Alaska News

‘Don’t assume they can’t get it’: Over 800 kids have tested positive for COVID-19 in Alaska

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As more and more Alaskans test positive for COVID-19, cases have been confirmed among an increasing number of children statewide as well. Now, with a new school year underway and the COVID-19 pandemic still in full force, more information is emerging about kids and the coronavirus.

Kids and young adults 19 or younger made up 15.3% of total COVID-19 cases in Alaska as of the end of August, or 813 cases of 5,298 total. In contrast, back in May, kids made up just 8.4% of total cases, with 31 cases confirmed among children of 368 cases statewide, according to data from the state’s health department.

Alaska also has a higher percentage of confirmed COVID-19 cases among children than most other states, according to data from the American Academy of Pediatrics and the Children’s Hospital Association.

But it’s hard to compare those percentages across states, said Liz Ohlsen, a staff physician at the state’s Division of Public Health who is working with state and public health officials to help prepare schools and districts for operations during the pandemic.

While it does look like there’s a higher percentage of COVID-19 cases detected among kids in Alaska, Ohlsen said that doesn’t necessarily mean that a child is more likely to get the illness in Alaska versus another state.

The state has more young people than other states, and testing availability looks different in Alaska, Ohlsen said. If a child has mild symptoms in Alaska, they might be better able to get a test than in other places, she said.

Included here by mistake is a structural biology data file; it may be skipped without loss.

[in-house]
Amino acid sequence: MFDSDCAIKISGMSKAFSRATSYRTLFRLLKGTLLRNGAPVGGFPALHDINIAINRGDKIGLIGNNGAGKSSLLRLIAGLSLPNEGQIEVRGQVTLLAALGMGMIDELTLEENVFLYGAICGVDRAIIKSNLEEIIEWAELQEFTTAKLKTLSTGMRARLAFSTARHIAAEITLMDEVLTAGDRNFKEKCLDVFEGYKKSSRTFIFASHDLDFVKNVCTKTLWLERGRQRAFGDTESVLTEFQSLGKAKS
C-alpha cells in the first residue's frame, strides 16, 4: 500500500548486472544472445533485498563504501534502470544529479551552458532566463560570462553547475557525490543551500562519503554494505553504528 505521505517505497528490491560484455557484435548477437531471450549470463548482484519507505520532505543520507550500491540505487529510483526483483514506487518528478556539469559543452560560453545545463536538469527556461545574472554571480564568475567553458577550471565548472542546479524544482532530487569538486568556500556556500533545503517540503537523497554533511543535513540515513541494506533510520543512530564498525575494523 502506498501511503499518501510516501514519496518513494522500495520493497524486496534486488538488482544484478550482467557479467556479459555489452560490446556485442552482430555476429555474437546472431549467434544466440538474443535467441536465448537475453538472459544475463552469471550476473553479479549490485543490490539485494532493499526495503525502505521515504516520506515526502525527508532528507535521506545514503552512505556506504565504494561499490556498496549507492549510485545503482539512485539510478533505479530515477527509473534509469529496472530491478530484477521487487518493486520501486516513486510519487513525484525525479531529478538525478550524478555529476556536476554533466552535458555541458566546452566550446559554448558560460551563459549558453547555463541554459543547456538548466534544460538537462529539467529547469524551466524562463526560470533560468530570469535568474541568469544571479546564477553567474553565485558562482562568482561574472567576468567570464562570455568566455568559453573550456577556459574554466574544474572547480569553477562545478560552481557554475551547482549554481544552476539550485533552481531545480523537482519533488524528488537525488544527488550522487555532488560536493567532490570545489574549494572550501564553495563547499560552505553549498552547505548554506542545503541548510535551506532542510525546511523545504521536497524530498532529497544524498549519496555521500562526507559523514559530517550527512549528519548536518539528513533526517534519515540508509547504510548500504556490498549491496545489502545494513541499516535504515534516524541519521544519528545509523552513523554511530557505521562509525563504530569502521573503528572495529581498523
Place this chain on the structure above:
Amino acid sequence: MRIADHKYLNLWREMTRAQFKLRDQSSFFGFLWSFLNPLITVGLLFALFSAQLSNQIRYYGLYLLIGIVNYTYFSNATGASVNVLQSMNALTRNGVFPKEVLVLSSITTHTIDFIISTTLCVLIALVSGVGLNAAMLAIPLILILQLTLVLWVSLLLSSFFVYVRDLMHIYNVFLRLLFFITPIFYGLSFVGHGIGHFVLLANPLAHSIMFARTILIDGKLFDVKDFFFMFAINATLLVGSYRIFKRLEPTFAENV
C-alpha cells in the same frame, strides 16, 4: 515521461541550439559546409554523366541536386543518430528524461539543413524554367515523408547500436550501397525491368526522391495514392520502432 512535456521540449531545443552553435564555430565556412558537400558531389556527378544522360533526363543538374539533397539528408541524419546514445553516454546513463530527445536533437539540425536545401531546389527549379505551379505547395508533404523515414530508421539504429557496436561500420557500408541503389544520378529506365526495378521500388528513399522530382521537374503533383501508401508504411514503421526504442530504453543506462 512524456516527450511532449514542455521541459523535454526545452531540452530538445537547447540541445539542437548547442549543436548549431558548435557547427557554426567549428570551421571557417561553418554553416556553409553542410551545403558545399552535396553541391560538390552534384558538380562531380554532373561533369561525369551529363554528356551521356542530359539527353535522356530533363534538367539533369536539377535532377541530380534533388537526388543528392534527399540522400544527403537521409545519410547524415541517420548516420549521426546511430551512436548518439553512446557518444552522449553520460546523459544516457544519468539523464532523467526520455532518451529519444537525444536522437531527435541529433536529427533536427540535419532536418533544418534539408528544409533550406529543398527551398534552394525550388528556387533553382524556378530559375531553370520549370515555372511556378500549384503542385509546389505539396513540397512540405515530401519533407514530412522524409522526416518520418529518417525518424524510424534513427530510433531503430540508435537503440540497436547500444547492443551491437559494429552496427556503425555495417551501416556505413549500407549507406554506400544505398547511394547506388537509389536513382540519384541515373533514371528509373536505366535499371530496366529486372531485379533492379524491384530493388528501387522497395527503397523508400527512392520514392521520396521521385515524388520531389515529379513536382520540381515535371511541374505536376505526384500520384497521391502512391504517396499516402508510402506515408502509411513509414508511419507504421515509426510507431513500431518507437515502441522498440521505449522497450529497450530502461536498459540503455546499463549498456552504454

[3 Mat-Su schools move to online-only learning after coronavirus infections reported]


How kids can get it and spread it

“Don’t assume they can’t get it,” said Dr. Melinda Rathkopf, director of the Allergy, Asthma and Immunology Center of Alaska and leader within the Alaska chapter of the American Academy of Pediatrics. “That’s a myth — they can get it.”

Both adults and children can spread the virus with or without symptoms, said Ohlsen with the state public health division.

“We’re thinking that younger children seem to be a little less likely to get the virus and a little less likely to give it to other people,” Ohlsen said. “It doesn’t mean they’re immune, it doesn’t mean they can’t transmit it.”

According to a recent study out of South Korea, kids over the age of 10 appear to get and spread the coronavirus just as easily as adults can, Ohlsen said.

“And the tricky thing is because kids are less likely to have symptoms, they’re more likely to give it to other people without even knowing they’re sick,” Ohlsen said.

On top of that, Rathkopf noted another concern is kids spreading the illness to others in the household.

“Your kid could get it and bring it home to you, your elderly parent that you care for in the home, a sibling that may be higher risk,” she said.

And symptoms can be vague, so “it’s just going to require increased vigilance,” Rathkopf said, like taking temperatures and doing health check-ups before bed.

[Alaska coronavirus Q&A: How are people here getting COVID-19? And what’s the deal with testing numbers?]

How are children getting COVID-19 in Alaska?

Dr. Bruce Chandler, medical officer at the Anchorage Health Department, said that while much of the data on COVID-19 is incomplete, his “impression is that most kids in Anchorage have acquired infection from adult family and household members,” he wrote in an email.

He pointed to research that shows it is common for kids to get COVID-19 from family members, which makes sense since that is who they spend the most time inside with.

While there have been some individual cases in staff and children at child care facilities and preschools, he’s not aware of clusters or spread in those places in Anchorage, he said.